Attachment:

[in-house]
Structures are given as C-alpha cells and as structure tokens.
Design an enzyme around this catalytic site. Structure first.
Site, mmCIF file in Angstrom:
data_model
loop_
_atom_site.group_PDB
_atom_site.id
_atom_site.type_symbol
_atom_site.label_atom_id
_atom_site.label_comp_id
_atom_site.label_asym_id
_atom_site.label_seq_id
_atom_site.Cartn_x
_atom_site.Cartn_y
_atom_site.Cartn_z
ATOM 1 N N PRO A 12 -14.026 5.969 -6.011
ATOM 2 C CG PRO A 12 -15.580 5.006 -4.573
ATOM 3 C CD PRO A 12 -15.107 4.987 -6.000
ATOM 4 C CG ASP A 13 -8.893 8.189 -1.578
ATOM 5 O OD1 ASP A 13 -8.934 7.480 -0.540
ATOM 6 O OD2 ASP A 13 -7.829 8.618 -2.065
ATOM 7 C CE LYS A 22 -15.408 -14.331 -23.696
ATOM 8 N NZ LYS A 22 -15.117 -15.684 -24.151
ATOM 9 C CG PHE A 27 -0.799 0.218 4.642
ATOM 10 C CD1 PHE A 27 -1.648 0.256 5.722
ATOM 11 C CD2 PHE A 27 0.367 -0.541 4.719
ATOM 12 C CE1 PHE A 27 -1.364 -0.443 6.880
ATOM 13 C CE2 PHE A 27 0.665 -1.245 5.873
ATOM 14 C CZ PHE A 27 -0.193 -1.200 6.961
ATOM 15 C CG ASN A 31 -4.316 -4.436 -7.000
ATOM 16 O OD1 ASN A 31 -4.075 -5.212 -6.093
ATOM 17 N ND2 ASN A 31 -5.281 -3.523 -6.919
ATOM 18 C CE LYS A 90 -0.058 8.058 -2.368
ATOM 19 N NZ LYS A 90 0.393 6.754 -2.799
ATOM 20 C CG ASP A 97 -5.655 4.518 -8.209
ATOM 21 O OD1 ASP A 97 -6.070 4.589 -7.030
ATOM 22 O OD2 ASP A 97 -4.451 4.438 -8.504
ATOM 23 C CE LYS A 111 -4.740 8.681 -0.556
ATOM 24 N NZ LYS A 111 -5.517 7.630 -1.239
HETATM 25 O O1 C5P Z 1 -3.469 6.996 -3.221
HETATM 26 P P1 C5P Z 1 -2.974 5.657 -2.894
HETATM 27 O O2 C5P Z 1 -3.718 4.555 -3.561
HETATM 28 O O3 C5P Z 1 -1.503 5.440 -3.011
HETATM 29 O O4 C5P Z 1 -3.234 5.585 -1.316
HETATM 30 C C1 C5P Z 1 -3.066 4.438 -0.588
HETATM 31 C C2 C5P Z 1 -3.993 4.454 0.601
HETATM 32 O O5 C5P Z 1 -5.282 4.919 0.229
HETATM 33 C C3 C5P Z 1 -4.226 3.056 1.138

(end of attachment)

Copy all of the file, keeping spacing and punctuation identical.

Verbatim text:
[in-house]
Structures are given as C-alpha cells and as structure tokens.
Design an enzyme around this catalytic site. Structure first.
Site, mmCIF file in Angstrom:
data_model
loop_
_atom_site.group_PDB
_atom_site.id
_atom_site.type_symbol
_atom_site.label_atom_id
_atom_site.label_comp_id
_atom_site.label_asym_id
_atom_site.label_seq_id
_atom_site.Cartn_x
_atom_site.Cartn_y
_atom_site.Cartn_z
ATOM 1 N N PRO A 12 -14.026 5.969 -6.011
ATOM 2 C CG PRO A 12 -15.580 5.006 -4.573
ATOM 3 C CD PRO A 12 -15.107 4.987 -6.000
ATOM 4 C CG ASP A 13 -8.893 8.189 -1.578
ATOM 5 O OD1 ASP A 13 -8.934 7.480 -0.540
ATOM 6 O OD2 ASP A 13 -7.829 8.618 -2.065
ATOM 7 C CE LYS A 22 -15.408 -14.331 -23.696
ATOM 8 N NZ LYS A 22 -15.117 -15.684 -24.151
ATOM 9 C CG PHE A 27 -0.799 0.218 4.642
ATOM 10 C CD1 PHE A 27 -1.648 0.256 5.722
ATOM 11 C CD2 PHE A 27 0.367 -0.541 4.719
ATOM 12 C CE1 PHE A 27 -1.364 -0.443 6.880
ATOM 13 C CE2 PHE A 27 0.665 -1.245 5.873
ATOM 14 C CZ PHE A 27 -0.193 -1.200 6.961
ATOM 15 C CG ASN A 31 -4.316 -4.436 -7.000
ATOM 16 O OD1 ASN A 31 -4.075 -5.212 -6.093
ATOM 17 N ND2 ASN A 31 -5.281 -3.523 -6.919
ATOM 18 C CE LYS A 90 -0.058 8.058 -2.368
ATOM 19 N NZ LYS A 90 0.393 6.754 -2.799
ATOM 20 C CG ASP A 97 -5.655 4.518 -8.209
ATOM 21 O OD1 ASP A 97 -6.070 4.589 -7.030
ATOM 22 O OD2 ASP A 97 -4.451 4.438 -8.504
ATOM 23 C CE LYS A 111 -4.740 8.681 -0.556
ATOM 24 N NZ LYS A 111 -5.517 7.630 -1.239
HETATM 25 O O1 C5P Z 1 -3.469 6.996 -3.221
HETATM 26 P P1 C5P Z 1 -2.974 5.657 -2.894
HETATM 27 O O2 C5P Z 1 -3.718 4.555 -3.561
HETATM 28 O O3 C5P Z 1 -1.503 5.440 -3.011
HETATM 29 O O4 C5P Z 1 -3.234 5.585 -1.316
HETATM 30 C C1 C5P Z 1 -3.066 4.438 -0.588
HETATM 31 C C2 C5P Z 1 -3.993 4.454 0.601
HETATM 32 O O5 C5P Z 1 -5.282 4.919 0.229
HETATM 33 C C3 C5P Z 1 -4.226 3.056 1.138